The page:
I try to make my rants constructive, so I want to end this article with the question “What can we do about this?”. If you have any suggestions, I’d love to hear them in the comments section.
I think the most important thing that anyone can do to address this problem is to ask for evidence. If you see a claim made about a product that you think you might buy, then get in touch with the company selling it to let them know you’re considering buying it and to ask for evidence. If they don’t have a good enough answer, then let them know that’s why you won’t be buying their product. If they give you evidence to back up their claim, then great!
Asking for evidence doesn’t have to be a big deal, involving a formal letter or anything like that. When you see a weight loss product advertised on a one day deal site, a copper bracelet that apparently offers pain relief advertised on a store counter, or a jet lag cure promoted on Twitter, make your first response be to politely ask for evidence.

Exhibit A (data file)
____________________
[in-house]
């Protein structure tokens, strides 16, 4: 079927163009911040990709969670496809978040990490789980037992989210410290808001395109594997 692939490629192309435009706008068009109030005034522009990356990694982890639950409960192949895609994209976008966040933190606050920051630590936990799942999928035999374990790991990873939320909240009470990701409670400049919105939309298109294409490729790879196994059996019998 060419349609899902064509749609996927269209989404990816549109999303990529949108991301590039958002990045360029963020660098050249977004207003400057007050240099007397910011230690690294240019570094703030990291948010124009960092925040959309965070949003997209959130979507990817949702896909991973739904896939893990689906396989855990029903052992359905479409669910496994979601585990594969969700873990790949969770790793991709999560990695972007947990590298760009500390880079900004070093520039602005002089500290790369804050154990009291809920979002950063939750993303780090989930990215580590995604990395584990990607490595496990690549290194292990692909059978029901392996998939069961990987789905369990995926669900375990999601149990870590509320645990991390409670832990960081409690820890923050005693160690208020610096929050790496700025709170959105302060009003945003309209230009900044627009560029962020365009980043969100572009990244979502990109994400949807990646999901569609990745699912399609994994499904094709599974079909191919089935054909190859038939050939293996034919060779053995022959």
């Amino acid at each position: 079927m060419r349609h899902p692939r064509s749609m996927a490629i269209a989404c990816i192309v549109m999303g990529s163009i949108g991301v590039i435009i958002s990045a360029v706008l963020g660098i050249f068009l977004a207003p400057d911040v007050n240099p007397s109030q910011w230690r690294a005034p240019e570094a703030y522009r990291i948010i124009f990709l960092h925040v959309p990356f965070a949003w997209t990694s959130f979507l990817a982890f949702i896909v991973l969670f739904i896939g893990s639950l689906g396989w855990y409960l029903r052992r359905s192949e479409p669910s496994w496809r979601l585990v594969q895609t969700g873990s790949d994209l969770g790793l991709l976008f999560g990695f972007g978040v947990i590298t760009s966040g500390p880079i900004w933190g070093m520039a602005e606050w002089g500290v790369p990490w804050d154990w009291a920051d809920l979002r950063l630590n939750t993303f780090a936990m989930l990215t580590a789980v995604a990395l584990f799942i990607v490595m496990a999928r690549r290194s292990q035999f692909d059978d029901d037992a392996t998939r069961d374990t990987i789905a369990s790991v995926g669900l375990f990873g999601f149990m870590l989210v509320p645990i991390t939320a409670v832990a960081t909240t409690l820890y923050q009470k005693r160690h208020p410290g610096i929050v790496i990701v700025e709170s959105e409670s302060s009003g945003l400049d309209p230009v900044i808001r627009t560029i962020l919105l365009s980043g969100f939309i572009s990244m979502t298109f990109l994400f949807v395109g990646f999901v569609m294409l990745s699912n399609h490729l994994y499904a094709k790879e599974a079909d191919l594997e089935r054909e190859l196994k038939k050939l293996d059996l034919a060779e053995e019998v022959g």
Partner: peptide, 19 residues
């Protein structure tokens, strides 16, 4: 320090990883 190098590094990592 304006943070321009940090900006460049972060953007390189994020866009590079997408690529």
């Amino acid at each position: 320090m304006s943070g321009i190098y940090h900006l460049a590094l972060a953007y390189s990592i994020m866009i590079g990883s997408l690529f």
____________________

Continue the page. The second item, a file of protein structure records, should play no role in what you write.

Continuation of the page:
This isn’t a problem that’s going away any time soon. As consumers, we deserve to be able to make informed decisions about the products we buy, and when companies put marketing before research it becomes harder to make these informed choices. But if we work together then we can encourage companies like Tuatara Natural Products and 1Above to improve their behaviour and attitudes toward marketing and research.
Let’s turn “what’s the evidence?” into a frequently asked question for all companies that sell therapeutic products.